The Church, Nonprofits, and Taxes

Guidelines for nonprofits are often misunderstood. And they are sometimes misrepresented by those seeking to quiet churches.

Every so often, there are calls for the federal government to revoke the tax-exempt status of churches. The most common arguments made for taxing churches are that exemptions deny the government important sources of revenue to pay its bills, and that many churches (usually the ones that continue to teach traditional sexuality morality such as the Catholic, Evangelical, and Mormon churches) often abuse their tax-exempt status by violating IRS guidelines that prohibit them from engaging in political activity. The chronic obsession with the activities of the churches in the public square has obscured the fact that they are only a part of the overall nonprofit sector. According to data collected by the National Center for Charitable Statistics (NCCS), there are over 1.5 million registered nonprofit organizations (with combined total assets of nearly $5.7 trillion as of August 2012) in the United States today—many of which are nonreligious institutions and organizations that, like churches, seek to influence public policy despite being tax-exempt.

Houses of worship and charities are registered with the IRS as 501 (c) (3) nonprofit organizations. Since financial contributions to 501 (c) (3) nonprofits are tax-deductible, donors have the incentive to open their wallets.

IRS guidelines for nonprofits—which are available on the agency’s Web site—are often misunderstood. While many people use these terms interchangeably, the IRS specifically defines “politics” as seeking to influence the election of candidates and “lobbying” as seeking to influence legislation. 

According to the IRS, all 501 (c) (3) nonprofits cannot endorse or oppose candidates for elected office and make financial contributions to political campaigns. In 1964, the liberal Protestant magazine Christian Century lost its tax-exempt status for one year after it endorsed President Lyndon Johnson for re-election.

Nonprofit organizations, however, can certainly praise or criticize candidates, elected officials, political parties, and their stands on public policy issues and controversies without specifically telling people to vote for or against them. This is what many nonprofits have been doing since the passage of the 1954 Internal Revenue Act, which added section 501 (c) to the federal tax code that specified the types of organizations that qualified for tax-exemption.

The IRS recognizes that the heads of nonprofits, including churches, can exercise their individual rights as private citizens without jeopardizing the tax-exempt status of their organizations. For example, in January 2008, the Rev. Calvin O. Butts, the influential pastor of the Abyssinian Baptist Church in New York City, endorsed then-Senator Hillary Clinton for president. The Rev. Butts made the endorsement at a press conference held on a public sidewalk. Had the Rev. Butts endorsed Senator Clinton from his church’s pulpit, it would have violated the IRS’ guidelines because he would have involved his tax-exempt organization. If any Catholic cardinal or bishop wished to make an endorsement in the 2012 election, he could have legally done so by writing an op-ed for a secular newspaper or appearing in studio on a television or cable news program.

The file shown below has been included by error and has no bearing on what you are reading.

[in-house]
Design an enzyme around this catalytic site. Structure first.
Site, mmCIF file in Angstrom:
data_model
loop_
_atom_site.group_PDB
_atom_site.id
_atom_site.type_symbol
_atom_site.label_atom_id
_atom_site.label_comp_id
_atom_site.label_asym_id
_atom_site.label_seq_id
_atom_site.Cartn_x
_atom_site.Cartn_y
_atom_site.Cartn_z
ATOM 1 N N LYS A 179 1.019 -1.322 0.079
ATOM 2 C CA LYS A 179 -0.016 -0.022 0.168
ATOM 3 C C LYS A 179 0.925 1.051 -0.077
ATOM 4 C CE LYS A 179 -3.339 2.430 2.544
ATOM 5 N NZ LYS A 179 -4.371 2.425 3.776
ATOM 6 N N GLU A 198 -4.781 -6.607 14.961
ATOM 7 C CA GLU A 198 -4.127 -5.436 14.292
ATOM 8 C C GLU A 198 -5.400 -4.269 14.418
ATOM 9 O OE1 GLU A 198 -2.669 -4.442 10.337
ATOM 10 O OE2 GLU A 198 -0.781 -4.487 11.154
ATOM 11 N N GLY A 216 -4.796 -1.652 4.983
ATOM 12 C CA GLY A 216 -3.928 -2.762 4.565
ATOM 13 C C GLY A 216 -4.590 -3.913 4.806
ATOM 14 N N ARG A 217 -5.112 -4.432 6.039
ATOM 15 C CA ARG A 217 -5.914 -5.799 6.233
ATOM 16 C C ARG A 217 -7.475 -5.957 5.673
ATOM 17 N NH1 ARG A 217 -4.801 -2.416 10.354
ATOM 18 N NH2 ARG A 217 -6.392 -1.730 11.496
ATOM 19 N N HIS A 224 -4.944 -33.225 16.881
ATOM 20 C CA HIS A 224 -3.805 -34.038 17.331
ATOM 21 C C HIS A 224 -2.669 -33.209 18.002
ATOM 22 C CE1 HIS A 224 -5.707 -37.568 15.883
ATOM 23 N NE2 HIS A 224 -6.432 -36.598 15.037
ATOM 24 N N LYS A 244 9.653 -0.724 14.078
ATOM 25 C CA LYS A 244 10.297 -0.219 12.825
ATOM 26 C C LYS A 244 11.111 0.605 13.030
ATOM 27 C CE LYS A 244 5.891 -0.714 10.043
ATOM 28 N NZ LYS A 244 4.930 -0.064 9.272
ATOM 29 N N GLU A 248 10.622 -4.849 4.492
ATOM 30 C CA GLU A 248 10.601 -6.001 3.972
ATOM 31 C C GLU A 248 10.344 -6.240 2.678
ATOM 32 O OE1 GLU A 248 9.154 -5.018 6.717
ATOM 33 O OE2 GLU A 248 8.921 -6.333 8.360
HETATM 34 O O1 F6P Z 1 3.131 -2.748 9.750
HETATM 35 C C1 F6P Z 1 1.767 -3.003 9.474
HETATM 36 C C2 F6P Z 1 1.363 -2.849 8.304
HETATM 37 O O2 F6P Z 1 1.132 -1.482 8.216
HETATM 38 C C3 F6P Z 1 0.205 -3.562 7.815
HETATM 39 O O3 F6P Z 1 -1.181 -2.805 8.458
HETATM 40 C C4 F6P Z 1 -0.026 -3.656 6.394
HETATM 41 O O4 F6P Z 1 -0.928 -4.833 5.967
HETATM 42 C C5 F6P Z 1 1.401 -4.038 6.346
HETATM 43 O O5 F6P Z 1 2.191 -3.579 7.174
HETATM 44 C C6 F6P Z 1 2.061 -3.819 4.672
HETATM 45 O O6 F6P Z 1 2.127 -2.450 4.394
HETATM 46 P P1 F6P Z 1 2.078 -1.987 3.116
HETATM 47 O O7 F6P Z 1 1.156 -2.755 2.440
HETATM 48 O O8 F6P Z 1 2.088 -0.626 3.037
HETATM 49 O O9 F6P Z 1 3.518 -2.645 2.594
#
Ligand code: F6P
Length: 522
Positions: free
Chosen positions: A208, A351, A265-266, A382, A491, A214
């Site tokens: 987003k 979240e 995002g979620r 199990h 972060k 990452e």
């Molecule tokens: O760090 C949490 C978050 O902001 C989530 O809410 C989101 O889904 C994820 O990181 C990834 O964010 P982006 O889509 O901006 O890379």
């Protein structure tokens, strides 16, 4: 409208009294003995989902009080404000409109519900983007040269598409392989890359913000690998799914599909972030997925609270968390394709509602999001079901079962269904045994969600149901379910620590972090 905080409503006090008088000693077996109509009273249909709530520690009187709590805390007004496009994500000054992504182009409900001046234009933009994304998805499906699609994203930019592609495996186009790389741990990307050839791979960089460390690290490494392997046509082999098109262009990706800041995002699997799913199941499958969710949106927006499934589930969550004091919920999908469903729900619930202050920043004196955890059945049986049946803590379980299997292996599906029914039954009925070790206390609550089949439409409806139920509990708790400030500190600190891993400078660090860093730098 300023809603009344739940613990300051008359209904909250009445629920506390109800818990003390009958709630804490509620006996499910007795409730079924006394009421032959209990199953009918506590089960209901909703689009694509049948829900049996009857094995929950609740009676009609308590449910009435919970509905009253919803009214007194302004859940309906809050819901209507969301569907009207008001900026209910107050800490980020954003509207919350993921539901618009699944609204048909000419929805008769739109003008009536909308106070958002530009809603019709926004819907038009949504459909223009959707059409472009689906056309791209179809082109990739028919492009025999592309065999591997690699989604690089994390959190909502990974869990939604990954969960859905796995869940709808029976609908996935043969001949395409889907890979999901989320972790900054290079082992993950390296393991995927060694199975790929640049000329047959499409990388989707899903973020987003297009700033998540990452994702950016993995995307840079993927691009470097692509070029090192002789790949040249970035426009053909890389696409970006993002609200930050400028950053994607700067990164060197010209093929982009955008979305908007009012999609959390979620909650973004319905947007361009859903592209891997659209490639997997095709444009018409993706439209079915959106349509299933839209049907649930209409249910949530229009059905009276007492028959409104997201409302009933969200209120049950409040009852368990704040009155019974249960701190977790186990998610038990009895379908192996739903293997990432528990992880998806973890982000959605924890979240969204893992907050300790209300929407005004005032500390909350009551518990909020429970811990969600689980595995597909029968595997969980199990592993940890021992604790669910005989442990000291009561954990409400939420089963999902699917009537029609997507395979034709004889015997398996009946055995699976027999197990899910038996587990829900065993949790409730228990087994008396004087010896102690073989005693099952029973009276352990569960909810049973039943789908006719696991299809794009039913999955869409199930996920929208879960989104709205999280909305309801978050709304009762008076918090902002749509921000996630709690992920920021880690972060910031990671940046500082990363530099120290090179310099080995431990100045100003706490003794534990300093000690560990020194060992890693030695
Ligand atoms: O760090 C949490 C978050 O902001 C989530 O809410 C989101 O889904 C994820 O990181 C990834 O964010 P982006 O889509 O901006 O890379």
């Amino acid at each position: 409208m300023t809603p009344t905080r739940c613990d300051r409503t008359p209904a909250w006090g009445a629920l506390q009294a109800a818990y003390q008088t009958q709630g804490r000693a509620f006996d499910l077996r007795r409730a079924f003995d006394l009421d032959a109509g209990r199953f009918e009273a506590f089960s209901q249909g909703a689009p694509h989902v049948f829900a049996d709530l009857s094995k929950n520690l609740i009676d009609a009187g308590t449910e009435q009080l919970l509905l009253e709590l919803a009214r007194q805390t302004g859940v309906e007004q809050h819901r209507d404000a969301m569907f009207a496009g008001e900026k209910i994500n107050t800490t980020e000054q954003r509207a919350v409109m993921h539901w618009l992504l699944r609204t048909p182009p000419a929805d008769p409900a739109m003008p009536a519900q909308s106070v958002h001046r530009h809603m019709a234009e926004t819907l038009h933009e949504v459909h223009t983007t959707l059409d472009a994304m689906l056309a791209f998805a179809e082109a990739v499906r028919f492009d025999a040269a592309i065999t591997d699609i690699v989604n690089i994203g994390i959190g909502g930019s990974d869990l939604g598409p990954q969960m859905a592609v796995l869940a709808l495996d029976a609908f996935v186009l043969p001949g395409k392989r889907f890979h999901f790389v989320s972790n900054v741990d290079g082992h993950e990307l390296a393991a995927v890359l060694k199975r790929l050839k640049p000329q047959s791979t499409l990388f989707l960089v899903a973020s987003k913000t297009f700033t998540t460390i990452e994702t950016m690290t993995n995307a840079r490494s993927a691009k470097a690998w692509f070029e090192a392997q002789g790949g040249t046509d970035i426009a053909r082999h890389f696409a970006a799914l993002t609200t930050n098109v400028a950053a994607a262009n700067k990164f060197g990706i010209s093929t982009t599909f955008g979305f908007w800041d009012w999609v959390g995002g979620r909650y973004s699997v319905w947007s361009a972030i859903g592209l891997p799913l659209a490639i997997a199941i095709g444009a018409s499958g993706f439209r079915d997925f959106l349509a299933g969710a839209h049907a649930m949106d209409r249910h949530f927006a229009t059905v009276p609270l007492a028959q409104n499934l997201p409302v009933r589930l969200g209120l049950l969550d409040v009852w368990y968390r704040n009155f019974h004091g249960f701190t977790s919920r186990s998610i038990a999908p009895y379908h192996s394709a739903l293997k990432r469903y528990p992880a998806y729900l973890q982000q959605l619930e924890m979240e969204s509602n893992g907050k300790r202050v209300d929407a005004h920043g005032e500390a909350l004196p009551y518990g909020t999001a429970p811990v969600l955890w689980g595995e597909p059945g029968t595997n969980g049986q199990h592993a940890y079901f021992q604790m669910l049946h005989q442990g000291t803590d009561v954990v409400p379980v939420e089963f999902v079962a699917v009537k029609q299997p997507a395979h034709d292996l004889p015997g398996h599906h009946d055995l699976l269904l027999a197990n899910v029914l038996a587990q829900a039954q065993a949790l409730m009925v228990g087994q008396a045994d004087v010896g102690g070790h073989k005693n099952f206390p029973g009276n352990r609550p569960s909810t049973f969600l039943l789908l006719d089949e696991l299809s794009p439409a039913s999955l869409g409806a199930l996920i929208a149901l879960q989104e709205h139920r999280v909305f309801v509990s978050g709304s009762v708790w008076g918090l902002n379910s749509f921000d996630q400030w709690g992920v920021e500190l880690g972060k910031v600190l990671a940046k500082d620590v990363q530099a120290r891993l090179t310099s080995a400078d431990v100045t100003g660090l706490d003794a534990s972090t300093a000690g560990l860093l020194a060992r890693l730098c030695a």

The IRS affirms that 501 (c) (3) nonprofits can engage in some lobbying just as long as lobbying is not a “substantial” part of the organization’s regular activities. The fact that a nonprofit’s lobbying on a piece of legislation may have generated considerable media attention and even criticism—such as the Catholic bishops’ lobbying in 2009 against the inclusion of abortion coverage in ObamaCare—does not mean that it violated the IRS’ limits.

Angered that the bishops helped frustrate her side’s legislative goals, Democratic Congresswoman Lynn Woolsey of California, in an op-ed piece for Politco (Nov. 9, 2009), called on the IRS to investigate the “political behavior” of the United States Conference of Catholic Bishops (USCCB). Strangely, Rep. Woolsey didn’t object when the bishops lobbied for immigration reform and the ratification of the New START Treaty (signed in 2010 by the United States and Russia). No one, including Rep. Woolsey and even the Catholic bishops, ever questioned the legal right of the progressive religions denominations, who often lobby against any legal restrictions on abortion and supported the inclusion of abortion coverage in ObamaCare. Since the USCCB remains tax-exempt, it seems that the IRS found Rep. Woolsey’s complaint without any merit.

The Catholic Church in the United States does not have a single tax-exemption; it has many. The IRS treats every Catholic-affiliated institution, such as churches, schools, hospitals, diocesan offices, and other organizations, as separate, individual entities. If the IRS were to rule that one Catholic church violated nonprofit guidelines the ruling would not apply or legally affect other Catholic-affiliated nonprofits such as the USCCB, the Archdiocese of New York, or Catholic charities.

When most people hear the term “tax-exempt,” they usually think of churches and charities. In fact, the IRS exempts many different types of organizations from paying taxes, including labor unions, chambers of commerce, social clubs, and “social welfare” organizations such as the National Organization for Women (NOW), American Civil Liberties Union (ACLU), and the Human Rights Campaign (HRC). Along with churches and charities, the IRS provides the coveted 501 (c) (3) nonprofit status to scientific, literary, and educational organizations. (The type of nonprofit status that an organization may have can be checked online at the GuideStar database. Registration is free and provides access in PDF to the 990 disclosure forms that nonprofit organizations must file every year with the IRS.)